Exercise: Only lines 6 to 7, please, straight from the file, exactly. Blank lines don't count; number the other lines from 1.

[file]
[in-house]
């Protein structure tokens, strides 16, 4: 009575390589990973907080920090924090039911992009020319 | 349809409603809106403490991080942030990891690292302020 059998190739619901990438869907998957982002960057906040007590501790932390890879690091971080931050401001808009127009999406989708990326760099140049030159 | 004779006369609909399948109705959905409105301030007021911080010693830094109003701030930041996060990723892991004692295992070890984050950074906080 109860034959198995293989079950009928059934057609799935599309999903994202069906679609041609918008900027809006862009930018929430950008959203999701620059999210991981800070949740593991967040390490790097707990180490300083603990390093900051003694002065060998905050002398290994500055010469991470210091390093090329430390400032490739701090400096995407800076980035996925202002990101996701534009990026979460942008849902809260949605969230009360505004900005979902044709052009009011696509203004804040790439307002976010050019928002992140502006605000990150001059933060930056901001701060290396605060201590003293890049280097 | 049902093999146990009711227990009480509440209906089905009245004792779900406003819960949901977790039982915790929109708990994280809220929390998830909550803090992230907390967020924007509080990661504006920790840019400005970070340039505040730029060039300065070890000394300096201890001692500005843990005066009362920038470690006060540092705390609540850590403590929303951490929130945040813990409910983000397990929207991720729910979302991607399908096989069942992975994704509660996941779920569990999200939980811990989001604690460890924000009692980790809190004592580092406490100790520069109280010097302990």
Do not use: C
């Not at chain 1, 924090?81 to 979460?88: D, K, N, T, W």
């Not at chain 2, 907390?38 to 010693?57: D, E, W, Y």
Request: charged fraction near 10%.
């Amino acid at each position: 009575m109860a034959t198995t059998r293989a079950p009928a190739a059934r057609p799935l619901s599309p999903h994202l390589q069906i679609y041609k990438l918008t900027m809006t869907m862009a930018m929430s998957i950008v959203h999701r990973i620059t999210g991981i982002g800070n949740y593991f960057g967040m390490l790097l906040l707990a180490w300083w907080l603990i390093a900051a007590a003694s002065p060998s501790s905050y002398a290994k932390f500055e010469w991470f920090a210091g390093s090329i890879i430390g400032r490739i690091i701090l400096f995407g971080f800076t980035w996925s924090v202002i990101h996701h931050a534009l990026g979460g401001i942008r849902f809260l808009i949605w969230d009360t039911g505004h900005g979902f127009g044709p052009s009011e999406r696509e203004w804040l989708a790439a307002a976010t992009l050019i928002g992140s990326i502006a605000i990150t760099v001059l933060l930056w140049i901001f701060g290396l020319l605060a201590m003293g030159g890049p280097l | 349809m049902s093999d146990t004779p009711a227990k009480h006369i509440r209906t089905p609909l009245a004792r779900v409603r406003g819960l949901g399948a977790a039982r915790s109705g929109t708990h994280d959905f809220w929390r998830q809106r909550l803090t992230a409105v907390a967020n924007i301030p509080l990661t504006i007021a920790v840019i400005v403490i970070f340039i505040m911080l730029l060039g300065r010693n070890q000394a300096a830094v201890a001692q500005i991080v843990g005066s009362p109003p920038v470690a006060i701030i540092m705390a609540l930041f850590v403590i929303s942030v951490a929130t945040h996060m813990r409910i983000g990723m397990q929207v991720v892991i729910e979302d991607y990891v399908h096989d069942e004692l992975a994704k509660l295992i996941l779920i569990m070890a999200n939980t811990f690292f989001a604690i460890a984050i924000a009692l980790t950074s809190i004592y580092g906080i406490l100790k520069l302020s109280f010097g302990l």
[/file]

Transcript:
Request: charged fraction near 10%.
């Amino acid at each position: 009575m109860a034959t198995t059998r293989a079950p009928a190739a059934r057609p799935l619901s599309p999903h994202l390589q069906i679609y041609k990438l918008t900027m809006t869907m862009a930018m929430s998957i950008v959203h999701r990973i620059t999210g991981i982002g800070n949740y593991f960057g967040m390490l790097l906040l707990a180490w300083w907080l603990i390093a900051a007590a003694s002065p060998s501790s905050y002398a290994k932390f500055e010469w991470f920090a210091g390093s090329i890879i430390g400032r490739i690091i701090l400096f995407g971080f800076t980035w996925s924090v202002i990101h996701h931050a534009l990026g979460g401001i942008r849902f809260l808009i949605w969230d009360t039911g505004h900005g979902f127009g044709p052009s009011e999406r696509e203004w804040l989708a790439a307002a976010t992009l050019i928002g992140s990326i502006a605000i990150t760099v001059l933060l930056w140049i901001f701060g290396l020319l605060a201590m003293g030159g890049p280097l | 349809m049902s093999d146990t004779p009711a227990k009480h006369i509440r209906t089905p609909l009245a004792r779900v409603r406003g819960l949901g399948a977790a039982r915790s109705g929109t708990h994280d959905f809220w929390r998830q809106r909550l803090t992230a409105v907390a967020n924007i301030p509080l990661t504006i007021a920790v840019i400005v403490i970070f340039i505040m911080l730029l060039g300065r010693n070890q000394a300096a830094v201890a001692q500005i991080v843990g005066s009362p109003p920038v470690a006060i701030i540092m705390a609540l930041f850590v403590i929303s942030v951490a929130t945040h996060m813990r409910i983000g990723m397990q929207v991720v892991i729910e979302d991607y990891v399908h096989d069942e004692l992975a994704k509660l295992i996941l779920i569990m070890a999200n939980t811990f690292f989001a604690i460890a984050i924000a009692l980790t950074s809190i004592y580092g906080i406490l100790k520069l302020s109280f010097g302990l």